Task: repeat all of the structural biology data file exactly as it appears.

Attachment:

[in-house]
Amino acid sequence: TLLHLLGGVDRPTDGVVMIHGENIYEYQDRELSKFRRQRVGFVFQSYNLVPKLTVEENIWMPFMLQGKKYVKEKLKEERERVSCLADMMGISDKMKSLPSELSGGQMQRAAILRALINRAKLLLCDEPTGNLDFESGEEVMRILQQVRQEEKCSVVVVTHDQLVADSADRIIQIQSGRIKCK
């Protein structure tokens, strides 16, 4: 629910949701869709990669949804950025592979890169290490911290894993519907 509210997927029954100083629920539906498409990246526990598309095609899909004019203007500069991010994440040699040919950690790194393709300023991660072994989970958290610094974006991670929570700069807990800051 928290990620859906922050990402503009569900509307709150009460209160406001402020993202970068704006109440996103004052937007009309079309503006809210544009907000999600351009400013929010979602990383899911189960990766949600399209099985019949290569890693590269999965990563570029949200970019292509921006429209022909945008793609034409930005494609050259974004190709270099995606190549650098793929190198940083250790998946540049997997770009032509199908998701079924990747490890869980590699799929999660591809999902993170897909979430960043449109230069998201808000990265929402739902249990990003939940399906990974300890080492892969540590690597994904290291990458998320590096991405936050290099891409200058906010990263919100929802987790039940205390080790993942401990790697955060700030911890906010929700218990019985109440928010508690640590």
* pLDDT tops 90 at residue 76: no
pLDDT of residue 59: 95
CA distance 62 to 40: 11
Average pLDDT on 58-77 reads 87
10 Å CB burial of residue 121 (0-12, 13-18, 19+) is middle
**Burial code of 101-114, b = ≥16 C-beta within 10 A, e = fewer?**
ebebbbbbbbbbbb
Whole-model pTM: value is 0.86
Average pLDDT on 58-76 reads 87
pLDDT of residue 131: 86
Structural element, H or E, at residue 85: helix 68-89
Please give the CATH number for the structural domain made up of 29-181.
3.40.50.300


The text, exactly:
[in-house]
Amino acid sequence: TLLHLLGGVDRPTDGVVMIHGENIYEYQDRELSKFRRQRVGFVFQSYNLVPKLTVEENIWMPFMLQGKKYVKEKLKEERERVSCLADMMGISDKMKSLPSELSGGQMQRAAILRALINRAKLLLCDEPTGNLDFESGEEVMRILQQVRQEEKCSVVVVTHDQLVADSADRIIQIQSGRIKCK
């Protein structure tokens, strides 16, 4: 629910949701869709990669949804950025592979890169290490911290894993519907 509210997927029954100083629920539906498409990246526990598309095609899909004019203007500069991010994440040699040919950690790194393709300023991660072994989970958290610094974006991670929570700069807990800051 928290990620859906922050990402503009569900509307709150009460209160406001402020993202970068704006109440996103004052937007009309079309503006809210544009907000999600351009400013929010979602990383899911189960990766949600399209099985019949290569890693590269999965990563570029949200970019292509921006429209022909945008793609034409930005494609050259974004190709270099995606190549650098793929190198940083250790998946540049997997770009032509199908998701079924990747490890869980590699799929999660591809999902993170897909979430960043449109230069998201808000990265929402739902249990990003939940399906990974300890080492892969540590690597994904290291990458998320590096991405936050290099891409200058906010990263919100929802987790039940205390080790993942401990790697955060700030911890906010929700218990019985109440928010508690640590």
* pLDDT tops 90 at residue 76: no
pLDDT of residue 59: 95
CA distance 62 to 40: 11
Average pLDDT on 58-77 reads 87
10 Å CB burial of residue 121 (0-12, 13-18, 19+) is middle
**Burial code of 101-114, b = ≥16 C-beta within 10 A, e = fewer?**
ebebbbbbbbbbbb
Whole-model pTM: value is 0.86
Average pLDDT on 58-76 reads 87
pLDDT of residue 131: 86
Structural element, H or E, at residue 85: helix 68-89
Please give the CATH number for the structural domain made up of 29-181.
3.40.50.300